Threw open the windows, ran the vacuum. Smartacus is coming home for spring break.
It’s been three months.
I pull his sheets out of the dryer. They’re warm…toasty. Wish I had waited, so he’d have the double luxury of his own room and these toasty sheets. Guess that’s the mother in me. Or, in my case, a single parent playing mom and dad.
Yeah, three months since he’s been home. Too long. Forever. For 18 years, I saw him every morning, every night. The house wasn’t a home without him. He took his first steps in this place, said his first words, spilled his first juice box all over my shirt.
His first Christmas was spent here, then all the Christmases since. All those birthdays, all those movie nights. Tons of popcorn.
To this day, his handprints still line some of the closets where he played hide and seek — small down low, then bigger as he grew … higher, higher, highest.
Now he’s taller than me. He will come back for spring break thinking he’s smarter too. Freshmen always do.
I mean, just because you can reset the car clock in 3 seconds doesn’t make you smarter. Or, these days, maybe it does.
Who cares. No matter. I’ll hug him just a tad too long anyway. Right now, he’s that great book you just finished and can’t bring yourself to put down.
Up in Oregon, he’s joined a frat. Not crazy about that. I prefer a freer, laissez-faire flow of friends, rather than an exclusive private club. Too each his own.
He sends a photo of his pledge class. OK, I get it. I see the smiles, the camaraderie, the youthy glow. All those teeth. They are proud of this tribe they’ve joined. Looking at this photo, I get it in every way.
He’s moved on. It’s been three months. He’s a little tougher now, I think. Not so long ago – one year, maybe two — he was like those little lambs in a Sunday school book. Fuzzy. Vaporous. Ethereal. Now he’s elbows and sly smiles. He clomps into the room. He talks a lot about beer.
Which is the point, isn’t it, to move on? To become independent in thought, behavior, political preference, to put a little distance between you and your old man?
Independent guys are the best guys. Gary Cooper. Clint Eastwood. Billy Jack. Hence, my thoughts on frats. But I’ll let that go. Harry Truman. Dick Butkus. Bittner. Billable Bob.
Congrats, you frat boys. Honestly, I’m a little envious.
By LA standards, his pledge mates look a little pale — they almost blend into the beige wall behind them. It’s a reminder that Eugene is relentlessly rainy, just as LA is relentlessly sunny. I’ll take the sun, but envy the rain. See a theme here? I like what I like, but I’m not convinced I’m so right about it.
First task: Take him to that burger place he loves. Then to the park for some sun. Dry him out. Flip him over a few times till the sunlight dries out the mildew. Sunshine is gold. It’s why no one can afford a home here anymore.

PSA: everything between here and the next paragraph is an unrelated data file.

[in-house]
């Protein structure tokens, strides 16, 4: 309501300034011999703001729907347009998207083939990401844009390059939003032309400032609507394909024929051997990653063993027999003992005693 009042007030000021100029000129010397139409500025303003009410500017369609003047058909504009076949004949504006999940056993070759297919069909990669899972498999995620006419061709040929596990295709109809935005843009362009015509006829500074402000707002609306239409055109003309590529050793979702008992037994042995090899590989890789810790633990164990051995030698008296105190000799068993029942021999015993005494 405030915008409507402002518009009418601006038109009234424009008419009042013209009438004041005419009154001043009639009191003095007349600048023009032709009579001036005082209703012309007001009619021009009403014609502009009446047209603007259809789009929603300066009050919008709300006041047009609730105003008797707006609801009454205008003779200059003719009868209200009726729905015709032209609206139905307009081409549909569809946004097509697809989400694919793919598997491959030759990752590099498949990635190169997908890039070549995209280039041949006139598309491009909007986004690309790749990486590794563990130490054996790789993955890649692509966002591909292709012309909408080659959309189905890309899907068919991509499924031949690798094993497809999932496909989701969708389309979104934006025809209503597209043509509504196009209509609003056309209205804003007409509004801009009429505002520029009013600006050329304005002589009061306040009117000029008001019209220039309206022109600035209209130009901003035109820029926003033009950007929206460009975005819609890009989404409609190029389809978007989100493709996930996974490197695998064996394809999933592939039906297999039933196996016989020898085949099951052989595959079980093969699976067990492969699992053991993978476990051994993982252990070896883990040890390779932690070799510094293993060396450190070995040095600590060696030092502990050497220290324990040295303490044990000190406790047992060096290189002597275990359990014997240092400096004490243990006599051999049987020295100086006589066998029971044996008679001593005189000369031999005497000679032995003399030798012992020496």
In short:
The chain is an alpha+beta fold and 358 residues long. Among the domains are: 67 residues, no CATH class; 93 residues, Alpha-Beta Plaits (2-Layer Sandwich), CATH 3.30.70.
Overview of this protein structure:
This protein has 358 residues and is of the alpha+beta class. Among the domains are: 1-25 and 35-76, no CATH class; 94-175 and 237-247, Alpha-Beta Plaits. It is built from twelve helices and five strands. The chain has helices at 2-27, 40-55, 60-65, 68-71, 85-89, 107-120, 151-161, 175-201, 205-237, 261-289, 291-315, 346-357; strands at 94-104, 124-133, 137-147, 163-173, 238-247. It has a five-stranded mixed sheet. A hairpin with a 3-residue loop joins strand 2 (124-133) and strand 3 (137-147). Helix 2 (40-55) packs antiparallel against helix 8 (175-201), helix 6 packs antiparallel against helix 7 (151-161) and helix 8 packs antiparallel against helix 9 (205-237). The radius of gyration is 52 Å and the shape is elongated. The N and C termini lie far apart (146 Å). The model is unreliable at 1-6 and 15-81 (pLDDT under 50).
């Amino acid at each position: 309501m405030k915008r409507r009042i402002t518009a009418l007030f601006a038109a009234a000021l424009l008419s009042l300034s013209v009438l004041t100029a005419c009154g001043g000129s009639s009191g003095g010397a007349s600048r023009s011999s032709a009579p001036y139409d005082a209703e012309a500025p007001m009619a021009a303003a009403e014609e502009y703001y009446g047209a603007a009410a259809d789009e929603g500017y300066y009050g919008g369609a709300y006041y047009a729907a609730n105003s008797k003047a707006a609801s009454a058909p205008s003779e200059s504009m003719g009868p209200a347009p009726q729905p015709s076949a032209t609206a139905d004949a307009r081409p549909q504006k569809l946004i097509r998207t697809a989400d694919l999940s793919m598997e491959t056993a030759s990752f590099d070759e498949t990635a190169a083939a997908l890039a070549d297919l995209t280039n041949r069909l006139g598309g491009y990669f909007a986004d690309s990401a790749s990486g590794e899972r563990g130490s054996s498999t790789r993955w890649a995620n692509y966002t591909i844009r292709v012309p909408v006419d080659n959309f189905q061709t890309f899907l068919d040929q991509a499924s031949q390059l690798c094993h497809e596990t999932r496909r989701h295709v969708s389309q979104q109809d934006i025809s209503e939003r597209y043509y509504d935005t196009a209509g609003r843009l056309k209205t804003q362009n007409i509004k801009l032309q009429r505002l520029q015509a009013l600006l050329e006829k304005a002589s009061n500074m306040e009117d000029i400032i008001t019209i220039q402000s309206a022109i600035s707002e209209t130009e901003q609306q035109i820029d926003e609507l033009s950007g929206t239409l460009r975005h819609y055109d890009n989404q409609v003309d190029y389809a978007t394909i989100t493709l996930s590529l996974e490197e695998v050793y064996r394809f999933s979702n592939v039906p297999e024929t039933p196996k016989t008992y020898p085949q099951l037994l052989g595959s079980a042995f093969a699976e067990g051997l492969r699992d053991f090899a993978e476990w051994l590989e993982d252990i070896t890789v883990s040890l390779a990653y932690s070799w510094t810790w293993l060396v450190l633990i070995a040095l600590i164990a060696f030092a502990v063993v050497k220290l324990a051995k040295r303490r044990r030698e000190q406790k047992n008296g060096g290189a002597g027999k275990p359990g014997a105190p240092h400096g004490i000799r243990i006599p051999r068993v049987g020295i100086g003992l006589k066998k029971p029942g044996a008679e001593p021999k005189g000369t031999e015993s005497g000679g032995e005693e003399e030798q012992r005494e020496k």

I might take him out to Verge’s little beach shack, so we can dunk him in the sea. Brine him. Maybe then he’ll shut up already.
Task 3: Scratch his back. Typically, he’s got more itches than a coon dog. There’s that one spot under his shoulder blade: ”Yeah Dad, right there…little higher…little higher.”
I pick him up at Burbank, which used to seem so open and easy and now is congested every time I go. Really fun. The traffic gestapos wave their flashlights at you, as desperate parents juke and jive to the curb and back. Someone gave whistles to the gestapos. Good idea. Keep moving!!! Let’s go!!! Keep moving!!!
Gotcha, pal. You know, I didn’t come here to look at planes. I just want my kid. Keep moving, he says.
Suddenly, there’s my son with his too high hair – 6 feet? 8 feet? Smartacus looks great, other than the hair, which might be eel grass. He jumps in the car.
“How was your flight?”
“I sat next to two Karens,” he says.
Back to the house we go, the one with the handprints. Smartacus says he never realized how soft or big the couch was. Better than the library, evidently. More cushy than the dorm lounge. Says he can’t believe there’s all this food.
After the dorm, his bedroom feels like the Four Seasons. His toes sink in the carpet, and those sheets! They’re not warm, but they smell of spring.
On the bed, White Fang awaits. Smartacus is royalty to her, the victorious prince. She kisses him a carwash. Lifeguard!!! I like listening to them laugh.
After all, it’s been three months.
Save the date: Come spend an evening in Capri with me when I host a gala honoring cancer support services on April 23 in Glendale. Cancer Support Community of Pasadena offers vital services to LA area cancer patients and their families. No one should face cancer alone, and these folks see to that. So, come hang out with me, enjoy some good Italian food, some drinks and some collegiate-caliber camaraderie in support of a very important cause. Info: https://cscpasadena.ejoinme.org/gala2022